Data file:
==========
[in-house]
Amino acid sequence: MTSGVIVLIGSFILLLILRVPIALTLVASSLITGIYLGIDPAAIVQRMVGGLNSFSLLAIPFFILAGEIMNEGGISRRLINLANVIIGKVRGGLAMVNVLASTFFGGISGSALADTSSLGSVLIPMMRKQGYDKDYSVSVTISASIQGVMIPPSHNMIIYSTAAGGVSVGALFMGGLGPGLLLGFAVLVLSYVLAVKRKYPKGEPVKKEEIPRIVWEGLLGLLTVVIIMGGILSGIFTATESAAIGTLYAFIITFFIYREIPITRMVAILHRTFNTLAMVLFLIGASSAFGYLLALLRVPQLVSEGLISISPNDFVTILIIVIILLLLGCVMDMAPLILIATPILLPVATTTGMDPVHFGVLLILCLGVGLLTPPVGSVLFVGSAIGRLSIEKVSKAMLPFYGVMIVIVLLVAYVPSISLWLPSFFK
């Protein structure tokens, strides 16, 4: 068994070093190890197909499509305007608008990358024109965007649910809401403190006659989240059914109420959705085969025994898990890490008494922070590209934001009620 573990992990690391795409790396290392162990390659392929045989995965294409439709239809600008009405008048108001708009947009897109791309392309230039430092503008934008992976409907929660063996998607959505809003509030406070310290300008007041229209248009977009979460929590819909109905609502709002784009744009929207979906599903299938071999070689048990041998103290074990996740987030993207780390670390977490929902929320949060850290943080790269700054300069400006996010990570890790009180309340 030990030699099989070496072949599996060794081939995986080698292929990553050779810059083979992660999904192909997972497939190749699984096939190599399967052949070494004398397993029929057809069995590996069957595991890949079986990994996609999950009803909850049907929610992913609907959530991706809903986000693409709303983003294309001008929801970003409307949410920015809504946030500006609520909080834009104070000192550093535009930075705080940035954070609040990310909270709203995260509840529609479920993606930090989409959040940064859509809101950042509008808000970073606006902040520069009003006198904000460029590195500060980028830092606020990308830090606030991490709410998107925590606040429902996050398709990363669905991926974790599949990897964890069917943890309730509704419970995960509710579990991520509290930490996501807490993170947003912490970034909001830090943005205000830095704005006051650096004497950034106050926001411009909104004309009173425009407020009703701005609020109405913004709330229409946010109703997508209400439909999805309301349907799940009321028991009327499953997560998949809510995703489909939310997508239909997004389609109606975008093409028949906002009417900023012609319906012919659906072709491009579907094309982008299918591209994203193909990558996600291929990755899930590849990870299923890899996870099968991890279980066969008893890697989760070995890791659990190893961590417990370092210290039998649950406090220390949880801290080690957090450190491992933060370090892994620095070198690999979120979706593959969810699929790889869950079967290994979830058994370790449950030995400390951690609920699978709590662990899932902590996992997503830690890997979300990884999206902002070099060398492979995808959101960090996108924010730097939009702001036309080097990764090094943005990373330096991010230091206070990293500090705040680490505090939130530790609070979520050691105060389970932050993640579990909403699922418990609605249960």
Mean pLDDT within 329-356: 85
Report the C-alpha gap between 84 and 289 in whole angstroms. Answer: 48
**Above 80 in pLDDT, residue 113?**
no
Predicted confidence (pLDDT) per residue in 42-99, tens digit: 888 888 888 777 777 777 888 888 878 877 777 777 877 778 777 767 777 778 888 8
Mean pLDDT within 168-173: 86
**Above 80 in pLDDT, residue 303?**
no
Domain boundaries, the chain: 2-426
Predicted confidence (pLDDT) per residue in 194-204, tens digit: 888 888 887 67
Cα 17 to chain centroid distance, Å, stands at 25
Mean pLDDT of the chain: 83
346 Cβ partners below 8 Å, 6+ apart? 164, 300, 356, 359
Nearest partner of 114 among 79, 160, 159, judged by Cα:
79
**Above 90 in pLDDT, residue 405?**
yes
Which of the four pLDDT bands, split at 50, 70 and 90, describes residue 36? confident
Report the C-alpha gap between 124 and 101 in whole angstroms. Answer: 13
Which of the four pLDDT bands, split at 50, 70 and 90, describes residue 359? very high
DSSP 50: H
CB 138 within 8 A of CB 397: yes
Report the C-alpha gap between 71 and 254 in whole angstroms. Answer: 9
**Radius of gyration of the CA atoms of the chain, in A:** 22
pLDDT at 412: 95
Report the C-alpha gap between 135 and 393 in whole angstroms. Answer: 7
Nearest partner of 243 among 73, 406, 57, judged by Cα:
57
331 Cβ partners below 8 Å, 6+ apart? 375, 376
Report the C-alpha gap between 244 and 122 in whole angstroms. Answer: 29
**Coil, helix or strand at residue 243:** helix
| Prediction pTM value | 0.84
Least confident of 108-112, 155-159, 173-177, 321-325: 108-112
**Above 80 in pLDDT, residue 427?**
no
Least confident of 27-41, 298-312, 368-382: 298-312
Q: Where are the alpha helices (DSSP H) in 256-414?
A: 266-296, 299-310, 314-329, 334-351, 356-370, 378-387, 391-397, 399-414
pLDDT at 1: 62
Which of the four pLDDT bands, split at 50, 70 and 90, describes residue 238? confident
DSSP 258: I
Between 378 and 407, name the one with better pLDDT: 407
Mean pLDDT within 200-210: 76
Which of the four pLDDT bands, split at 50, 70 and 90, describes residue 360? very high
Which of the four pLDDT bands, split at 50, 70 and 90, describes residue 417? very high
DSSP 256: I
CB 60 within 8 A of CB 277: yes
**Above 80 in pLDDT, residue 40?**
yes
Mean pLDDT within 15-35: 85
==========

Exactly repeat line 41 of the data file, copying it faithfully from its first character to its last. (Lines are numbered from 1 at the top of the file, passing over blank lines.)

A: 266-296, 299-310, 314-329, 334-351, 356-370, 378-387, 391-397, 399-414